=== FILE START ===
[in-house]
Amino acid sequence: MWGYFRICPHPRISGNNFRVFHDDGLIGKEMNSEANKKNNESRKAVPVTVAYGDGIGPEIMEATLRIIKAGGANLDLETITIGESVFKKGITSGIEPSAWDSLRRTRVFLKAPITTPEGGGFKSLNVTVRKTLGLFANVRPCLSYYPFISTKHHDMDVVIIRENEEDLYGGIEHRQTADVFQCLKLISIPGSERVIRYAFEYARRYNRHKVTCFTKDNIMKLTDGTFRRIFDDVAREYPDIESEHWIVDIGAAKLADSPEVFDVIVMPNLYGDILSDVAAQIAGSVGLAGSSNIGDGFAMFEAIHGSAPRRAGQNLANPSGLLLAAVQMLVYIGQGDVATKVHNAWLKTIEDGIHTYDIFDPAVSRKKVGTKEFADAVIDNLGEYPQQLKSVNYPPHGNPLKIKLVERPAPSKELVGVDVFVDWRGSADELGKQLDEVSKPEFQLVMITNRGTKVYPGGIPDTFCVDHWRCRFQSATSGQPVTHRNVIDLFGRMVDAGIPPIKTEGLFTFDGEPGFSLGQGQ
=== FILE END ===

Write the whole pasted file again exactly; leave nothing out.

[in-house]
Amino acid sequence: MWGYFRICPHPRISGNNFRVFHDDGLIGKEMNSEANKKNNESRKAVPVTVAYGDGIGPEIMEATLRIIKAGGANLDLETITIGESVFKKGITSGIEPSAWDSLRRTRVFLKAPITTPEGGGFKSLNVTVRKTLGLFANVRPCLSYYPFISTKHHDMDVVIIRENEEDLYGGIEHRQTADVFQCLKLISIPGSERVIRYAFEYARRYNRHKVTCFTKDNIMKLTDGTFRRIFDDVAREYPDIESEHWIVDIGAAKLADSPEVFDVIVMPNLYGDILSDVAAQIAGSVGLAGSSNIGDGFAMFEAIHGSAPRRAGQNLANPSGLLLAAVQMLVYIGQGDVATKVHNAWLKTIEDGIHTYDIFDPAVSRKKVGTKEFADAVIDNLGEYPQQLKSVNYPPHGNPLKIKLVERPAPSKELVGVDVFVDWRGSADELGKQLDEVSKPEFQLVMITNRGTKVYPGGIPDTFCVDHWRCRFQSATSGQPVTHRNVIDLFGRMVDAGIPPIKTEGLFTFDGEPGFSLGQGQ